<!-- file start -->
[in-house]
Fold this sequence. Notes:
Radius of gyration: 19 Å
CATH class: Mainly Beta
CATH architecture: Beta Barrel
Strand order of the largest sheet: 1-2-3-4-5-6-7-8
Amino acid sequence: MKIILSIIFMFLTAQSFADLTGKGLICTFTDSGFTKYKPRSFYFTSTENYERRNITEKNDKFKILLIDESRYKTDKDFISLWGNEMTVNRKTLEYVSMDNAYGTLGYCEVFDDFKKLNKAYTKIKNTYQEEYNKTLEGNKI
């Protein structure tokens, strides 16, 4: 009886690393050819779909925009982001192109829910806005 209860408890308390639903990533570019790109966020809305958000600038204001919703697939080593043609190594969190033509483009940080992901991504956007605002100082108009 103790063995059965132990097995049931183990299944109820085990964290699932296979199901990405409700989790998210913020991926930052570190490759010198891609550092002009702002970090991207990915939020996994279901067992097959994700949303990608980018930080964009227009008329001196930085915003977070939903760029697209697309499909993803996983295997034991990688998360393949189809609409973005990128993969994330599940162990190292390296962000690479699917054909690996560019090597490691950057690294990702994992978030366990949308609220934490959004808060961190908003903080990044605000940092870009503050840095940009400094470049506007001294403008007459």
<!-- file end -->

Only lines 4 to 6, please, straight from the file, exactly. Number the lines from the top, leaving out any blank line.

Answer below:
CATH class: Mainly Beta
CATH architecture: Beta Barrel
Strand order of the largest sheet: 1-2-3-4-5-6-7-8